What is a “contraceptives … to prevent, not pregnancy, but the spread of disease”?

April 8th, 2016

In Eisenstadt v. Baird, the Supreme Court considered a Massachusetts law that treats married and unmarried individuals differently with respect to access to contraceptives. Here is how Justice Brennan describes the law:

The statutory scheme distinguishes among three distinct classes of distributees – first, married persons may obtain contraceptives to prevent pregnancy, but only from doctors or druggists on prescription; second, single persons may not obtain contraceptives from anyone to prevent pregnancy; and, third, married or single persons may obtain contraceptives from anyone to prevent, not pregnancy, but the spread of disease.

It is the last category that confounds me every time I teach the case.  By definition, a contraceptive is designed to prevent pregnancy. Many contraceptives also serve the role of preventing the spread of disease–so long as it establishes some sort of physical barrier. In contrast, other contraceptives–such as the birth control pill–cannot halt the spread of diseases. How can something prevent disease, but not pregnancy? That is, if a product prevents skin-to-skin contact, or blocks the transmission of fluids, wouldn’t it also prevent pregnancy? (Granted, it is not 100%, but it provides some protection).

Today, vaccinations such as Gardasil can prevent someone from contracting HPV, and certain antiretrovirals can prevent the transmission of HIV. But I am fairly certain such products did not exist in 1972 when Eisenstadt v. Baird was decided.  Maybe they are talking about antibiotics that could treat various STIs, and thus prevent their transmission? But then how would that be also characterized as a “contraceptive.” I don’t know.

So I pose the question: What is a “contraceptives … to prevent, not pregnancy, but the spread of disease”? Here is the graphic of all FDA-approved contraceptives for you to choose from.


If the answer is indeed a null set, and no such products exist, then it would suggest the Massachusetts legislature was simply trying to prohibit all manner of contraceptive for unmarried people–a result that was consistent with Griswold, but was promptly dispatched by Eisenstadt.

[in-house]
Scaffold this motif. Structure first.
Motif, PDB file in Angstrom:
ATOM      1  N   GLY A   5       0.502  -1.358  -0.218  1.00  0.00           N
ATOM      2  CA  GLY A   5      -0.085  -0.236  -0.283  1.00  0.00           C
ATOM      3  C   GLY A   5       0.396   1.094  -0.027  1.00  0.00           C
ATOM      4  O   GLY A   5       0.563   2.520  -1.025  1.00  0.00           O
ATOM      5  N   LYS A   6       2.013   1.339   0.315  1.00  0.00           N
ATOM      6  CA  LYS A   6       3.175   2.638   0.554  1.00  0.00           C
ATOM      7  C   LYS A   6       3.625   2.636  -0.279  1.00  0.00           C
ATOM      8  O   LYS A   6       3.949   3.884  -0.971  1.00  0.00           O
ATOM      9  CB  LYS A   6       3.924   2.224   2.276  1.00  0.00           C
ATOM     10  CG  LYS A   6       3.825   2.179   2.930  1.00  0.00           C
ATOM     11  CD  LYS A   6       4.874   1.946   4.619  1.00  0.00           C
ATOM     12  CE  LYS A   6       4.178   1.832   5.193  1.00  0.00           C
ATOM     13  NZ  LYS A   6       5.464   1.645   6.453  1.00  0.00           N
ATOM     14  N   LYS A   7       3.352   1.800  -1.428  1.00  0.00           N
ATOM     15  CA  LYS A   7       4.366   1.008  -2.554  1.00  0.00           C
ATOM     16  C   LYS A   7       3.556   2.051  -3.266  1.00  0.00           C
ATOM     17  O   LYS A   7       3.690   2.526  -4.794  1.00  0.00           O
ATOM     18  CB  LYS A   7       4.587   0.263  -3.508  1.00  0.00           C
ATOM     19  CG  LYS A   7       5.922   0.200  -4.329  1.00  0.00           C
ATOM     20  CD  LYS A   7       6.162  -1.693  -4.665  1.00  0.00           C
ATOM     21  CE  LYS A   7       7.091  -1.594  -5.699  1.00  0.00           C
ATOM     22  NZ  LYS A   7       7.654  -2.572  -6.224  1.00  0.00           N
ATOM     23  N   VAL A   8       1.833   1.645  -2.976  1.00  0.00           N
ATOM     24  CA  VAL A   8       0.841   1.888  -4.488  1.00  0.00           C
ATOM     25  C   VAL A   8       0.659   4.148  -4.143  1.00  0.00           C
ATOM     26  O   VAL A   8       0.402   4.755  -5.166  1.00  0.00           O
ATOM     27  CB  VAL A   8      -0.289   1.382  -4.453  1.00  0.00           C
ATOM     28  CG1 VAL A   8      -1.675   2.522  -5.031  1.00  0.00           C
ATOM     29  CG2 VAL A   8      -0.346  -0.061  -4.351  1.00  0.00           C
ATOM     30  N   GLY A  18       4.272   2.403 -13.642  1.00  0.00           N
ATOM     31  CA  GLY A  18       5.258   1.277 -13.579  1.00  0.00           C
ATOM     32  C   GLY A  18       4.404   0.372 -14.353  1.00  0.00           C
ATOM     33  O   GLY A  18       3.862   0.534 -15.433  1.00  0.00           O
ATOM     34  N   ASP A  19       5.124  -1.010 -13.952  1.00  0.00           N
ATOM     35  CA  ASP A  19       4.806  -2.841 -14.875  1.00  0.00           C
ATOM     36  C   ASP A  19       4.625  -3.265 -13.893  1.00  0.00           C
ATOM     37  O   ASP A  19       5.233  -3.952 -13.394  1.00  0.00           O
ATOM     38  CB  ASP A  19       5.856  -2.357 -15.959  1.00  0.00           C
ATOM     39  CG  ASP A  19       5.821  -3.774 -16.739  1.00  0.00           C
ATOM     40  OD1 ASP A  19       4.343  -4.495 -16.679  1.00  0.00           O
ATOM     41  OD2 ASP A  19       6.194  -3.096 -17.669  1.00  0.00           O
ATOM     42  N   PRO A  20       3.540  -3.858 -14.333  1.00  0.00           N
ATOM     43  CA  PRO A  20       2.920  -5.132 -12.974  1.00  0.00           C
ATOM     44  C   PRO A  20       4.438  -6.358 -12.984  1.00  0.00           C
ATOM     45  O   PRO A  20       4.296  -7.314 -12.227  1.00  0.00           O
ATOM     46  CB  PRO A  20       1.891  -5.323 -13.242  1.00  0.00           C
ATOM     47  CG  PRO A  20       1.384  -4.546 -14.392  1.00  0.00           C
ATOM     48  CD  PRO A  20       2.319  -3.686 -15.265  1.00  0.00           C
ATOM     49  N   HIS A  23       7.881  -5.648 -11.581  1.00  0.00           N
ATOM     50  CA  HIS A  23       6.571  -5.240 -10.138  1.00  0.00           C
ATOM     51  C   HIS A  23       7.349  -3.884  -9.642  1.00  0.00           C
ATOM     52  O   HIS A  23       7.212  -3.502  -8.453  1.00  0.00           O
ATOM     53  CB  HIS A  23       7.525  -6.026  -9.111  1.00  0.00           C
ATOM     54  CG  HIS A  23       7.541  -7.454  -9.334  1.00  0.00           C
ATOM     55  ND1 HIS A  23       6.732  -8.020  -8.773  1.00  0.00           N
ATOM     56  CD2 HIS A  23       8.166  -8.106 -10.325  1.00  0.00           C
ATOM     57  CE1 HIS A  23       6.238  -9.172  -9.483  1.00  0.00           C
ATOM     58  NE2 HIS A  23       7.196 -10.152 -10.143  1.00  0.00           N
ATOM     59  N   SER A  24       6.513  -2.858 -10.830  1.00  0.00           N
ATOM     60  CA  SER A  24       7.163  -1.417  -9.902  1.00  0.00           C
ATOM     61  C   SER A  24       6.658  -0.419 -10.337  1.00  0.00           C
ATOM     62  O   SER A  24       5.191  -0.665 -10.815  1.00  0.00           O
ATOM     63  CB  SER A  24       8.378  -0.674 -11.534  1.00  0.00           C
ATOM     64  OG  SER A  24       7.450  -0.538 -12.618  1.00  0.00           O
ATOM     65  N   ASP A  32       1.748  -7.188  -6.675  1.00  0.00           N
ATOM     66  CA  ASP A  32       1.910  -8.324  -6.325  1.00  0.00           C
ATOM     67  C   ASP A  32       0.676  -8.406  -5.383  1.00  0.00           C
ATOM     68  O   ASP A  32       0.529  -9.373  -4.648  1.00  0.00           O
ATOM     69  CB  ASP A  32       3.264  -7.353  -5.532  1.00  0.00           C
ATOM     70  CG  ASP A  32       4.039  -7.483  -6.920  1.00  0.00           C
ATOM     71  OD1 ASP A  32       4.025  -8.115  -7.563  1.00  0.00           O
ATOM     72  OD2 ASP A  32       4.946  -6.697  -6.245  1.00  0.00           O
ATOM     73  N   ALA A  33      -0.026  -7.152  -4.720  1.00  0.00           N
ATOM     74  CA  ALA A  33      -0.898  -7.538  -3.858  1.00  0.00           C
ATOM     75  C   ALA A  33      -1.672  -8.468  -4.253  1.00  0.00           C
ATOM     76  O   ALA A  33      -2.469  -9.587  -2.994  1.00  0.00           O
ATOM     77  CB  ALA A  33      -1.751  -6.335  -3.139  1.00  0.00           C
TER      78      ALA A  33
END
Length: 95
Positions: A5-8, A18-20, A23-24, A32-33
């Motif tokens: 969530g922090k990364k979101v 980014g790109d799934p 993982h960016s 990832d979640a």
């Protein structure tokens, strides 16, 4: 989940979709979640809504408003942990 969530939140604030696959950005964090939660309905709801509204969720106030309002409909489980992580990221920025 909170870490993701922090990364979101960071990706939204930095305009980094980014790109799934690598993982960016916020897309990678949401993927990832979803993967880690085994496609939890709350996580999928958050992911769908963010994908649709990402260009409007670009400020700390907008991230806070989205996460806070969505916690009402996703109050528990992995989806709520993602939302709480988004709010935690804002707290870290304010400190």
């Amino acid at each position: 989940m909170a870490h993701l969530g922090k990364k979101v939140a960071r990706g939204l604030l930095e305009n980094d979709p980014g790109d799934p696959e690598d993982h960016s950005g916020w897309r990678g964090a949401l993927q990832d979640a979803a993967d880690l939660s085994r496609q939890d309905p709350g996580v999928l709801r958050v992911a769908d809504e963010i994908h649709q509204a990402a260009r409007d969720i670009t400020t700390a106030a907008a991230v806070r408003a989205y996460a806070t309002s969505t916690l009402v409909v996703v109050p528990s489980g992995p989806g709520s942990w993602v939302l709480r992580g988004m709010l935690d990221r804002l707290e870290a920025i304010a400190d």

Update: You ask, the internet answers. I think crowdsourcing has come up with the most likely explanation–the question was one of intent. Did the person intend to use the product to prevent pregnancy, or intend to use it to prevent the spread of disease.

@RandomlyBob offered some caselaw support:

Here is the passage from the SJC’s opinion:

Even accepting the statute as constitutional in prohibiting distribution, there still must be considered whether there has been a violation in this respect. It is argued that the *754 act of giving away the device should have been, but was not, accompanied by an intention that the article be used for the prevention of conception. See Commonwealth v. Corbett, 307 Mass. 7, 29 N.E.2d 151 (1940), which construed G.L. c. 272, s 21, and states (12n.), ‘As has been shown, the words of the statute require proof of intended use for an illegal purpose, and are not satisfied by mere incidental result.’ The contention is developed that on the evidence the distributor’s intent could have been any of a variety of reasons, including inviting arrest in order to test the validity of the statute. But the judge made no findings on this point, and we are not able to do so. There is also nothing to show that unlawful use was intended by the recipient. See the Corbett case, supra, 10, 29 N.E.2d 151.

Com. v. Baird, 355 Mass. 746, 753-54, 247 N.E.2d 574, 579 (1969)

And @JoshACLU offers this textual hint that I missed:

Brennan’s phrasing was inapt (what else is new), but he did convey the intent element, albeit obliquely. I’m glad I got this figured out.